The speech made by Richard Fuller, the Conservative MP for North East Bedfordshire, in the House of Commons on 21 June 2022.
It is a pleasure to follow the hon. Member for Liverpool, Wavertree (Paula Barker). My observations are based on having, in the past six months, spoken and spent mornings with the people at about 11 of the 13 GP networks in my constituency and on some of their observations, which I have shared with the Minister previously.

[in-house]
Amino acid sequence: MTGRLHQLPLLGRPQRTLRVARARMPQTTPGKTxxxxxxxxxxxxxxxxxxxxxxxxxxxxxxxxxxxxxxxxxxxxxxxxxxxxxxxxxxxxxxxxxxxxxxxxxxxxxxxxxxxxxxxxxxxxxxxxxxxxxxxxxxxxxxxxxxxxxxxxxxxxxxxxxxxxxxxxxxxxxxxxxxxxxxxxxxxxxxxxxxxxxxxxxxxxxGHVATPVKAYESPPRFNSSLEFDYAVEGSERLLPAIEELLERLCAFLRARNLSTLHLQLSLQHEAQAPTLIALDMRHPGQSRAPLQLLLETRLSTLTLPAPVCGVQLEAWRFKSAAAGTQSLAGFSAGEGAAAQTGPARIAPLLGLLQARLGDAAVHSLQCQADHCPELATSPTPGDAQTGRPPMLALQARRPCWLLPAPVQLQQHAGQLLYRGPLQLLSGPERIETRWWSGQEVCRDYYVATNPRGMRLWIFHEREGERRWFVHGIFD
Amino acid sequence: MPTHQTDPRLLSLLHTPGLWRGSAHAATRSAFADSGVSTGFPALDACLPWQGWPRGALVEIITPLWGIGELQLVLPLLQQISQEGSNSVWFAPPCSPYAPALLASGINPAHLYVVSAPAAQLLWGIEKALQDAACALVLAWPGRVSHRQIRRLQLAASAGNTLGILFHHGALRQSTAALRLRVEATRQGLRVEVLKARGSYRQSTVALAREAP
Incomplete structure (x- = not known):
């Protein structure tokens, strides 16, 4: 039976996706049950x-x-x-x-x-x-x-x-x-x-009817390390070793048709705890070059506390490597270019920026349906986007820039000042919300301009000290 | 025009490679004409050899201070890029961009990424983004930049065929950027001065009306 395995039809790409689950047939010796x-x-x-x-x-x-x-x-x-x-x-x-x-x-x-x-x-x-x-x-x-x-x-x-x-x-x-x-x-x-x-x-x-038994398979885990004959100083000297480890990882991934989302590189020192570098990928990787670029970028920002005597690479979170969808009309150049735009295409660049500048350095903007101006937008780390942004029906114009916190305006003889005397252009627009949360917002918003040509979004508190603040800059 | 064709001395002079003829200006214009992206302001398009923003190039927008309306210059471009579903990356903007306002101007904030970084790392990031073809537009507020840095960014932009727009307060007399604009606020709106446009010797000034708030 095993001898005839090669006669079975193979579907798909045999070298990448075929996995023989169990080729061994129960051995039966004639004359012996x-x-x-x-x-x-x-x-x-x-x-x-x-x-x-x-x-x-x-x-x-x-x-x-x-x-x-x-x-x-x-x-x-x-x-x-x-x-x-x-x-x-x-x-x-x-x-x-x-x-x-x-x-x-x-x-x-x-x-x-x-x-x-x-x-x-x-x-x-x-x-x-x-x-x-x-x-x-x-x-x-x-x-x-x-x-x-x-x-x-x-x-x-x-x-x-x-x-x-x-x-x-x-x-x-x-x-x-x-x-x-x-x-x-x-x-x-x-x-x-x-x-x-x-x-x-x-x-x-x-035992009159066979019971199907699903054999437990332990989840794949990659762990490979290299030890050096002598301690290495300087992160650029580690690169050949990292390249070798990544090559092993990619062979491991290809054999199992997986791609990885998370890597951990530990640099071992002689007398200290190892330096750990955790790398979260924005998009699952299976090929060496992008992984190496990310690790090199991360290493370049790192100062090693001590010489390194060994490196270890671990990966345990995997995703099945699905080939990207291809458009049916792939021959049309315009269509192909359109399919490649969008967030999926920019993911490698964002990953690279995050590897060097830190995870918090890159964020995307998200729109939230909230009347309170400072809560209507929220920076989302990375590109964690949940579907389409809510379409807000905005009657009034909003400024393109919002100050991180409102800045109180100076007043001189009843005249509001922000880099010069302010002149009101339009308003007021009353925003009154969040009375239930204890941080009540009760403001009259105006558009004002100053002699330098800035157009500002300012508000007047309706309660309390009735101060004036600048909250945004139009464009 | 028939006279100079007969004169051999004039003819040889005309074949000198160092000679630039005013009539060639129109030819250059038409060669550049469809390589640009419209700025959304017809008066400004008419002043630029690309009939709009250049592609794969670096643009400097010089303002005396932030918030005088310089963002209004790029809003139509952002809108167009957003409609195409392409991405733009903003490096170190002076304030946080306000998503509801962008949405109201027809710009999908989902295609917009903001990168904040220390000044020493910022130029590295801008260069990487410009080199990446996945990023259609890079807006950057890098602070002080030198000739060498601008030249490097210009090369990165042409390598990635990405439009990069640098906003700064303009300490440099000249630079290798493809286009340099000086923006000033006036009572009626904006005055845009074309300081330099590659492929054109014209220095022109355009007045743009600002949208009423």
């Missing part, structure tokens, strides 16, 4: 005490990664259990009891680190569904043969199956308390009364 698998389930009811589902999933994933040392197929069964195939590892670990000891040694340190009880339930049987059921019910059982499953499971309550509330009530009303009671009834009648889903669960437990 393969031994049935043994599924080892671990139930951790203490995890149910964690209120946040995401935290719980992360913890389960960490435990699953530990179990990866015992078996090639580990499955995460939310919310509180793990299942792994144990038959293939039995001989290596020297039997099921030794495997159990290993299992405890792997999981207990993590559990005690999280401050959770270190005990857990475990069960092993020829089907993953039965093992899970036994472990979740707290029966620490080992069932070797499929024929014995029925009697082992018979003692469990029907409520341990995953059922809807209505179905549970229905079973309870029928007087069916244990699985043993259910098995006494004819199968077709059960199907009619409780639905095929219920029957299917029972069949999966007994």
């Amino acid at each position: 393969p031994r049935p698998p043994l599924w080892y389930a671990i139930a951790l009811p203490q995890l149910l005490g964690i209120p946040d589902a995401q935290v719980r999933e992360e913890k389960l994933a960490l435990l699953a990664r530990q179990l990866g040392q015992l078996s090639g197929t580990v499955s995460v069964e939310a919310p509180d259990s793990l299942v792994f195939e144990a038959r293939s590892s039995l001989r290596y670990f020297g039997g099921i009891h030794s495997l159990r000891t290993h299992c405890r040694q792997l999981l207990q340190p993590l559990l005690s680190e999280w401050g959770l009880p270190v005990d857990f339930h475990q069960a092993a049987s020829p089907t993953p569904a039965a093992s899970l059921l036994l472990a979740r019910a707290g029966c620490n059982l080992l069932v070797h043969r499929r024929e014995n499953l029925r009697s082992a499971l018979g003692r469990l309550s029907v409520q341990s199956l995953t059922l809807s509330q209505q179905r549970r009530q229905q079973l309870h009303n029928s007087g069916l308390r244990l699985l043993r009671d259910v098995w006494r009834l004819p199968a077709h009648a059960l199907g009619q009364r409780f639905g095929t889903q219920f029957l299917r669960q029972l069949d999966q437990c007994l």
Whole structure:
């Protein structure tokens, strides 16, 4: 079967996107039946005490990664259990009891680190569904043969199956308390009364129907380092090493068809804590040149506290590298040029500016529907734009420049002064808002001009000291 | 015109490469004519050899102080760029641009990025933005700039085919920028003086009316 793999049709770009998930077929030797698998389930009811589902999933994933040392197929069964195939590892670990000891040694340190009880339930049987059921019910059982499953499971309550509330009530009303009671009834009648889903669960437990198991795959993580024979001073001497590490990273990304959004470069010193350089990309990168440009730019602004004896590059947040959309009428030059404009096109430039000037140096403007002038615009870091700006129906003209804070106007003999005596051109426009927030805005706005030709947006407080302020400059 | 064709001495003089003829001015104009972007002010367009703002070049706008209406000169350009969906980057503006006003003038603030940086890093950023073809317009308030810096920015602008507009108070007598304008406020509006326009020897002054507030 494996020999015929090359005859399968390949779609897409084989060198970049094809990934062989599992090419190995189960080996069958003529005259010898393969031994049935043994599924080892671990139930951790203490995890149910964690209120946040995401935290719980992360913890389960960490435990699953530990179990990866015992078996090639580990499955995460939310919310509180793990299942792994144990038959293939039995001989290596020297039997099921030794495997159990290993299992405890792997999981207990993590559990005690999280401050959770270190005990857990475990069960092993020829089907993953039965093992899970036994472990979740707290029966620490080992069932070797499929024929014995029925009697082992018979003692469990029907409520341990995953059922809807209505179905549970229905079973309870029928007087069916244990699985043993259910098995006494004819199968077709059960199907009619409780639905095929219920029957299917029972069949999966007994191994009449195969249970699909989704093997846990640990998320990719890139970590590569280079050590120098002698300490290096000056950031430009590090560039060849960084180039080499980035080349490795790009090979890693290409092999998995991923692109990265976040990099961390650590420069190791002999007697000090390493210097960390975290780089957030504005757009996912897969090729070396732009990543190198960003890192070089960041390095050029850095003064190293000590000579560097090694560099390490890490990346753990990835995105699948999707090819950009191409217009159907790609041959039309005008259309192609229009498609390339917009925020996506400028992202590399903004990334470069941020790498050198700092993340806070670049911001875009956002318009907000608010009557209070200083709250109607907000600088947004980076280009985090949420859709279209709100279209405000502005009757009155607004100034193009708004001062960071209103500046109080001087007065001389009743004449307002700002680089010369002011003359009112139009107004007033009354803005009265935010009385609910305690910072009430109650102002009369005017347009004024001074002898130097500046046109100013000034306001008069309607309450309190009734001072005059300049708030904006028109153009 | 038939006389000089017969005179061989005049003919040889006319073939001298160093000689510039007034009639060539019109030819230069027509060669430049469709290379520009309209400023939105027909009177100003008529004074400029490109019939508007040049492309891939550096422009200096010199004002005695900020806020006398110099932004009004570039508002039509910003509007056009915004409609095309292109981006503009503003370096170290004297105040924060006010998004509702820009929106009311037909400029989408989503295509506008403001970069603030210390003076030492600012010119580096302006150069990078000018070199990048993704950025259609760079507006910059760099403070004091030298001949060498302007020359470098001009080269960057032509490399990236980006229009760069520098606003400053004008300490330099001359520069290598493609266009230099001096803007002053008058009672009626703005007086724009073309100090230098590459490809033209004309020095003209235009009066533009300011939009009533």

Part of the issue in my area is that the population has grown so significantly. Since 2000, the number of patients per GP has gone up by about 40% in the constituency, which puts on significant pressure, which GPs are responding to, primarily by recruiting other direct care professionals, such as paramedics and various qualified nurses. That has a role in providing support to deal with the problems, but it has not overcome them. Significant efforts are being made to enable my constituents to contact their GP. One interesting issue in those observations was that the practice’s choice of phone system had a significant effect. Practices that chose system A—I will call it that, as I do not want to say a bad word about a particular practice or phone system—would find that the response for the customers, the patients, was terrible. In effect, when 10 people were waiting, the 11th caller got a signal that the number was no longer obtainable. So they would then go to the practice. This was just after covid, so they would go to the practice, try to get in and there would be a big sign on the door saying, “No entry”. These very easy-to-understand problems cannot be solved by the Government but they have a direct impact on people’s experience of primary care.